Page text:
With her own background in fiber arts, Terzioglu focuses on trying to prevent people from forgetting about that important 'sense of touch' says Matsunaga, coining her efforts "the resistance of art."
Perhaps it was that sense of resistance that drew Terzioglu to collaborate in an exhibit in the southeastern part of Turkey in 2005, with the theme of Nevruz - Newroz - a celebration of spring. Joining forces with Anadolu Kultur, an organization bringing art and cultural activities to cities outside the major centers with the belief in the unifying and transformative power of art and culture, the exhibit provided a space for artists from both Istanbul and Diyarbakir at Diyarbakir Cultural Center (DSM). A very colorful and multifaceted exhibit was produced, says Mine Ozerden, administrative coordinator for Anadolu Kultur. The exhibit was significant, as it brought Apel, DSM and Anadolu Kultur closer with their sensitivity to social responsibility and understanding, she says. "The audience, participants and those putting the exhibit together experienced new relationships, and found a new awareness."
Reflecting on Anadolu Kultur's work with Terzioglu, which also included a collaboration at Apel with the theme "Neighbor" in 2006, Ozerden says Terzioglu has the ability to achieve more than just curating an art exhibit. "Ms. Terzioglu not only curates the exhibits of the artists working with Galeri Apel, she distills the cultural sensitivities and agenda through her multi-faceted personality, and comes up with a theme to then have artists with different outlooks, who use diverse materials, work around the concept to create freely and exhibit their works together."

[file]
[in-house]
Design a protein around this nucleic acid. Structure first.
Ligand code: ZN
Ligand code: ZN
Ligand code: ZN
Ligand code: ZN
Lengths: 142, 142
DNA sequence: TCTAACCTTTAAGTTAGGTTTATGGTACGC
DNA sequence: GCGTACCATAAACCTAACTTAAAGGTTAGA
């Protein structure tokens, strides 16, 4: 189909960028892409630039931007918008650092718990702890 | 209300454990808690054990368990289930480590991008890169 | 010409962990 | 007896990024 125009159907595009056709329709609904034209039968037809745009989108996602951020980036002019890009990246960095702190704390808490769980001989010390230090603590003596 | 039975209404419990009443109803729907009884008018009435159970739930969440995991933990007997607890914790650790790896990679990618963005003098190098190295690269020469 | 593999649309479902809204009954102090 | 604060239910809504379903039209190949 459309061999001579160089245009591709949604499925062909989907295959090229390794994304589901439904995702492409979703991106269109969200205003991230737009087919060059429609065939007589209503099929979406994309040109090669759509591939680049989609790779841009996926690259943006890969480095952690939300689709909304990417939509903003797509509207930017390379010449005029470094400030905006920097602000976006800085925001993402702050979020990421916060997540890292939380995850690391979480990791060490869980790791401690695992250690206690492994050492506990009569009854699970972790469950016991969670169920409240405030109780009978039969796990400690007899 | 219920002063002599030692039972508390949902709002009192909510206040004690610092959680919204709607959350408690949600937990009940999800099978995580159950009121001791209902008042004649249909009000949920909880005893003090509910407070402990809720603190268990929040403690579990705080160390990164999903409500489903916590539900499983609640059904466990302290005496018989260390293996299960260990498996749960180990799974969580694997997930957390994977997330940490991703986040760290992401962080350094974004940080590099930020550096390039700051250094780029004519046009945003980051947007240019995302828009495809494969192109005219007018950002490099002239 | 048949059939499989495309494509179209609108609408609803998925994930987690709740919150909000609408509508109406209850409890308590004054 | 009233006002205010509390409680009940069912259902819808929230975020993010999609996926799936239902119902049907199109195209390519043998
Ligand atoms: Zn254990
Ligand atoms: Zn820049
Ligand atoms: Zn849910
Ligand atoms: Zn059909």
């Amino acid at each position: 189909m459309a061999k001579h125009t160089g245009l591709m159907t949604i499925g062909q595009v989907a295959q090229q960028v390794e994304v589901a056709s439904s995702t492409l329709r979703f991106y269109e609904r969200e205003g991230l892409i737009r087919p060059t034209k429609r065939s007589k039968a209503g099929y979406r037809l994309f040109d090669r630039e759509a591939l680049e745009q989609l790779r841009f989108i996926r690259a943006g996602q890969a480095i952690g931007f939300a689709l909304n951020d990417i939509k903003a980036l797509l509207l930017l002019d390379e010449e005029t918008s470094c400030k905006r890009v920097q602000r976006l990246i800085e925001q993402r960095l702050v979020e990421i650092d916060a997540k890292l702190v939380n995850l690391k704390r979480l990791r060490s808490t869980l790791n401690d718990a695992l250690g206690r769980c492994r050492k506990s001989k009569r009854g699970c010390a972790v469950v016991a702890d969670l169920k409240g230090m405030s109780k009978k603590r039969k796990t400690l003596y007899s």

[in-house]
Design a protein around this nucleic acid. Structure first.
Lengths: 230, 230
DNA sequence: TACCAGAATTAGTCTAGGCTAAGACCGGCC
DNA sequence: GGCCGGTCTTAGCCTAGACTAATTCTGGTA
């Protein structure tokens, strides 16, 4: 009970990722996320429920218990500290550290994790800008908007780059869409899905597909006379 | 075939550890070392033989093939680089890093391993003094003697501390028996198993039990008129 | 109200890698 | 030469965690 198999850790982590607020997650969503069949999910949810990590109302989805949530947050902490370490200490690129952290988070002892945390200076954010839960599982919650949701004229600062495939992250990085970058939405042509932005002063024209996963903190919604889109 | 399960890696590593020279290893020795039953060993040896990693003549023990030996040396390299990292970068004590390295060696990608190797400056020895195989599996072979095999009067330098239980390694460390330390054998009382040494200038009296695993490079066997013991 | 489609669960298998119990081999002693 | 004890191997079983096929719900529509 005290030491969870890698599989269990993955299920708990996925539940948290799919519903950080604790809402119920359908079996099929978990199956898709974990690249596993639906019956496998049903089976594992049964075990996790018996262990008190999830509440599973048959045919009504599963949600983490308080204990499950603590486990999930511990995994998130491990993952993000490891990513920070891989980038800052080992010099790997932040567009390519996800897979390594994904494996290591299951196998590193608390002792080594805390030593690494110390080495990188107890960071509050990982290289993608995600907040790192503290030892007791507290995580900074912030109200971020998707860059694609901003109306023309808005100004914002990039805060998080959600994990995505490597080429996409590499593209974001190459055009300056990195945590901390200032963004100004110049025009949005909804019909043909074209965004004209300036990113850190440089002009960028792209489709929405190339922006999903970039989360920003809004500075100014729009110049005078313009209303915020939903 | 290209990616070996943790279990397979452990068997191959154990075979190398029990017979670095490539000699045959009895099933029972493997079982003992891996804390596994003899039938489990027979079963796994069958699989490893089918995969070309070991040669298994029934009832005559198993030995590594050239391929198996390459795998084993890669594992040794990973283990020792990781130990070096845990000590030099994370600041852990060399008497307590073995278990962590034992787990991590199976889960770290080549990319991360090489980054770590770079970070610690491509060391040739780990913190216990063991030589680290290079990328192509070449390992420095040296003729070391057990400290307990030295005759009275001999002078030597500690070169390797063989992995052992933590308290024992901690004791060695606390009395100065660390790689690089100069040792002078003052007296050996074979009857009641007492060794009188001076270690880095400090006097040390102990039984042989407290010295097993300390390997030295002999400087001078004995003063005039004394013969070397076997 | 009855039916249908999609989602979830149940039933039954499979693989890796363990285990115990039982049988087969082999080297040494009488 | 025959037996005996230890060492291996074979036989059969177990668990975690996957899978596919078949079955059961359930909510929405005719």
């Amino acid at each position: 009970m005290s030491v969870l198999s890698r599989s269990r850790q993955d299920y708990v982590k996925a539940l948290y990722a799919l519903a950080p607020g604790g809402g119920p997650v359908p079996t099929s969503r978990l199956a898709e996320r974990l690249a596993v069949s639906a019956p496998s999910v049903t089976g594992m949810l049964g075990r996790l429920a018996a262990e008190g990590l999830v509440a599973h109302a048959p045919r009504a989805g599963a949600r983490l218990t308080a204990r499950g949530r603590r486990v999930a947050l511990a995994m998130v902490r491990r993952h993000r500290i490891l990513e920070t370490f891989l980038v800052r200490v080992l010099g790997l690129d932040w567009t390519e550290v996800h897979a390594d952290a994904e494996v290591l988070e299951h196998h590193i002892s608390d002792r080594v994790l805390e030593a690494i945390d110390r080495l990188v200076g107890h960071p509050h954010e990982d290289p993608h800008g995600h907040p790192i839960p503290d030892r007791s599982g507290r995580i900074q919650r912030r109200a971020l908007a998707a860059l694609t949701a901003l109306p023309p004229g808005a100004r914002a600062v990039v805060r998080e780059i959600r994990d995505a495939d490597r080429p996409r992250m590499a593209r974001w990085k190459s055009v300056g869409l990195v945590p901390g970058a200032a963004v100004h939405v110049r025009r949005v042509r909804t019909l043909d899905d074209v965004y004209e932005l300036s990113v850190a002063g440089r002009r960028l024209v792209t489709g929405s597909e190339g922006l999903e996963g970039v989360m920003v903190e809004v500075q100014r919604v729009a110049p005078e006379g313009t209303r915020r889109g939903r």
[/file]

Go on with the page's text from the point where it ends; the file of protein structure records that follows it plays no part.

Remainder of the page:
Future of art in Istanbul and at Apel
The road for an artist here can be challenging, reminds Terzioglu, when "art is rarely in the foreground, at the front of topics, when the political winds change every day," she says. "Art is put aside, out of necessity."
Even so, her own efforts focus on bringing out new talents to share with her audience, and Terzioglu says she tries to keep in touch with the scene by following student exhibits. "Over half of the scene is made of younger artists, I really like being able to help open the way for them. Some of our artists have also presented abroad; curators who come to Istanbul know our name and make time for us."
And with all its challenges, Terzioglu believes artists in Istanbul can still make a place for themselves, with the right use of their time and effort. "I believe Istanbul is very fertile for artists - whatever you do here, you will be adding a brick to the already rich atmosphere." She pauses, and the rich atmosphere of the gallery comes to support her words, sharing the visions of both the curator and the artists.
"A young artist needs to be a devout follower, not only of the art scene, but of other disciplines as well - not just the visual," she says, following with practical, tested advice for success: "The scene is more interdisciplinary now. Along with following galleries, exhibits, one needs to be open to learn through more reading, more music, through any art form that can enrich a person."